15 of 16 people found the following review helpful
We are what we've eaten,
This review is from: Taste: The Story of Britain Through Its Cooking (Hardcover)
"Taste" by Kate Colquhoun tells the story of Britain through what Britons have cooked and consumed through the ages. It begins with a prehistoric rubbish heap and ends with the flashy cuisine of the 1980's; this is a fast-paced and wide inquiry. Along the way the author unearths plenty of weird facts and anecdotes - washers-up protecting their hands with mutton fat, how Henry VIII accidentally changed our relationship with fish - but the story is what sweeps you along. New foods are imported, like the pineapple, or come back into favour (the tomato - people used to think they were poisonous). Different techniques and gadgets make you wonder how people lived without them in the first place. No refrigerator? Either dig a thirty foot hole and fill it with ice or rub salt into meat to stop it going off. No microwave? It's a charcoal brazier or nothing. This book doesn't just tell you about how people used to live, cook and eat, it makes you re-think how we do these things now. It's a fascinating story, and almost makes you want to cook the stuffed cow's udder on page 203. Almost.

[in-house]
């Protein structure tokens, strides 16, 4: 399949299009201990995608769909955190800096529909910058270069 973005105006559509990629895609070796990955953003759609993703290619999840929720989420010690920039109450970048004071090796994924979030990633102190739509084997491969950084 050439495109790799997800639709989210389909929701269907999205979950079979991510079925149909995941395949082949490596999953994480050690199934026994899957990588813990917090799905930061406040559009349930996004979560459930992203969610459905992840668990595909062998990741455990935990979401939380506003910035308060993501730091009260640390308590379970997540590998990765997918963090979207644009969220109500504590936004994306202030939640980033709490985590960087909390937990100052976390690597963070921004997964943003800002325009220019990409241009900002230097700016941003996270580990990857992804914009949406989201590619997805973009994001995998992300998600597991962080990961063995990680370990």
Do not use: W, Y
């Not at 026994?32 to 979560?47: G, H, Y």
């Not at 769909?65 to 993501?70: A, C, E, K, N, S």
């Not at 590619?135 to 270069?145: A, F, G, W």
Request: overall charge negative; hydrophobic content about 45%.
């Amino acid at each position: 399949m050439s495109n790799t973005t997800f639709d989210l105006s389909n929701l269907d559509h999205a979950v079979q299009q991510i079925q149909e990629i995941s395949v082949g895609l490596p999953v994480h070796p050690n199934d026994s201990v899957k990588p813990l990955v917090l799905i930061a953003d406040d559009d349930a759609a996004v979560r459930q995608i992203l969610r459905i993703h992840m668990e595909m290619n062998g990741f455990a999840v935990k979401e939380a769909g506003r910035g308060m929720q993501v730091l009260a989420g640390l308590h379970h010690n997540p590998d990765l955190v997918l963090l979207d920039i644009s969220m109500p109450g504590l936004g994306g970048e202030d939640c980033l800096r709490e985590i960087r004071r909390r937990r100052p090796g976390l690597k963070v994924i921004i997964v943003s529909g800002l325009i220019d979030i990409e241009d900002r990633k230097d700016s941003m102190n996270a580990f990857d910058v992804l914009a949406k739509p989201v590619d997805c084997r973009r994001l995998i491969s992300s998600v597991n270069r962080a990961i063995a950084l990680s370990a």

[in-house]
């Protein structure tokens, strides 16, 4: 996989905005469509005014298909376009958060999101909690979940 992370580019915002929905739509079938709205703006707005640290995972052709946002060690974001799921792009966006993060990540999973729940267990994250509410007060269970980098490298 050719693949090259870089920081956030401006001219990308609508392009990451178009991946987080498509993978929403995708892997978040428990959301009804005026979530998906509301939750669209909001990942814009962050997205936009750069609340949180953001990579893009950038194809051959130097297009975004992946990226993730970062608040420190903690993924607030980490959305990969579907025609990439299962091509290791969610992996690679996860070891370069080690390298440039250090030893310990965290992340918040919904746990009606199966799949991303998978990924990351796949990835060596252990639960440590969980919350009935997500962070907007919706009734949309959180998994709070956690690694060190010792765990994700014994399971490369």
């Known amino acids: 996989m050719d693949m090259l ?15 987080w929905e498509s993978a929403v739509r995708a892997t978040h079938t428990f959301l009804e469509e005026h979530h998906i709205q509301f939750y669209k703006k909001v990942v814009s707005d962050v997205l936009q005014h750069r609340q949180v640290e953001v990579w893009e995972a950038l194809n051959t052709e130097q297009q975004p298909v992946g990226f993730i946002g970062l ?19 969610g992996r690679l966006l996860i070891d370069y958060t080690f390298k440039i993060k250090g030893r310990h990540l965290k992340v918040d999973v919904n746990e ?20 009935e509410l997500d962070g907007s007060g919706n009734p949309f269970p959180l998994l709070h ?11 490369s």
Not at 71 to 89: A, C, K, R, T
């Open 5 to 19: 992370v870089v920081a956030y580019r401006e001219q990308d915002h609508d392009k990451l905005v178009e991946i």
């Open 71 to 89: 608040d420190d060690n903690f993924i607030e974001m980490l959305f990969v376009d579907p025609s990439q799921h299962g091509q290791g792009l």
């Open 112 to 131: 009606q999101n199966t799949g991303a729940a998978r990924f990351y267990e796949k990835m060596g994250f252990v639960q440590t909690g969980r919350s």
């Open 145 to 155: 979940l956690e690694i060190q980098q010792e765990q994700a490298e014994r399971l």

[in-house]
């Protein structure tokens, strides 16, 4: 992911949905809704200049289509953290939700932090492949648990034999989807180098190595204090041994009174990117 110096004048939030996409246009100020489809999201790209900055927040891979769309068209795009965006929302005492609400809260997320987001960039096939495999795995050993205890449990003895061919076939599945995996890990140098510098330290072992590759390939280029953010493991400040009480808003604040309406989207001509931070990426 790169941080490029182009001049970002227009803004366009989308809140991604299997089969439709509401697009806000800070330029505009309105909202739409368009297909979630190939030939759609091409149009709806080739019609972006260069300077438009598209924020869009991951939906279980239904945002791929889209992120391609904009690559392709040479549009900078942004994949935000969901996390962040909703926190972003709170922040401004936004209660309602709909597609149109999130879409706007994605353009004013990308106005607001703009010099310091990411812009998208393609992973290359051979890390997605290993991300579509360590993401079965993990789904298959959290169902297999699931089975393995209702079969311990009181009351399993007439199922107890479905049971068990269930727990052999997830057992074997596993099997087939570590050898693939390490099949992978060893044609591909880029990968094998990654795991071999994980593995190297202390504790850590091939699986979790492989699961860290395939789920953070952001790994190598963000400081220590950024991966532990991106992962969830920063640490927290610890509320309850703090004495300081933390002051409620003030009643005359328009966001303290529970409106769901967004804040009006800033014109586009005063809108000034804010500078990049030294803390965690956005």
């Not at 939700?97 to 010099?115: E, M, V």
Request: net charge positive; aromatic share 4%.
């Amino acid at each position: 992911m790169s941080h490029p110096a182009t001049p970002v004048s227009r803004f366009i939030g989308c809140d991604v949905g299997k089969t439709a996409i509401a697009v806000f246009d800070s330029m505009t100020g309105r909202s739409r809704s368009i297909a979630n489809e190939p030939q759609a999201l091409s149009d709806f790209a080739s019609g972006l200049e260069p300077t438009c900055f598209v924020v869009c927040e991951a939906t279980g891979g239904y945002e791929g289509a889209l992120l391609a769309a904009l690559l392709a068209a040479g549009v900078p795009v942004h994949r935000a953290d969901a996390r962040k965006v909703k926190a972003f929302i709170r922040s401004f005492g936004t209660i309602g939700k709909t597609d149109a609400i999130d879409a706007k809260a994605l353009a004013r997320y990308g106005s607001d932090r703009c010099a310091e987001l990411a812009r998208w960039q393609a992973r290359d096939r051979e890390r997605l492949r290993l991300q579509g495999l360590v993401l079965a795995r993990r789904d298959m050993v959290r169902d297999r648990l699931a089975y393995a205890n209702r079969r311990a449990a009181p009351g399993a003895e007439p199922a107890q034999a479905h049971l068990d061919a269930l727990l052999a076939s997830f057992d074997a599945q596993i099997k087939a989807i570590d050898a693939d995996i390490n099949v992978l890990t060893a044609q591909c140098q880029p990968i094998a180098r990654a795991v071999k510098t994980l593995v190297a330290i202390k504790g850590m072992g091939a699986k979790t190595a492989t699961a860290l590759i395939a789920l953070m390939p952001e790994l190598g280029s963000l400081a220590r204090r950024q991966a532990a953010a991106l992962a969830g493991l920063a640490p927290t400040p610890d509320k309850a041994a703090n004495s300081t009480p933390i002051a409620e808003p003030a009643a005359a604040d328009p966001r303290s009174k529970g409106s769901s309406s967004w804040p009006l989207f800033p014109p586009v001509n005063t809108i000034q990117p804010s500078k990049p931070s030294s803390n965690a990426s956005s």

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Initial post: 5 Sep 2010 01:14:40 BDT
James-philip Harries says:
Cow's udder is still considered a delicacy in France. It's a bit cheaper than steak, so if you've eaten out there, likely you've been (ahem) Caen'd.
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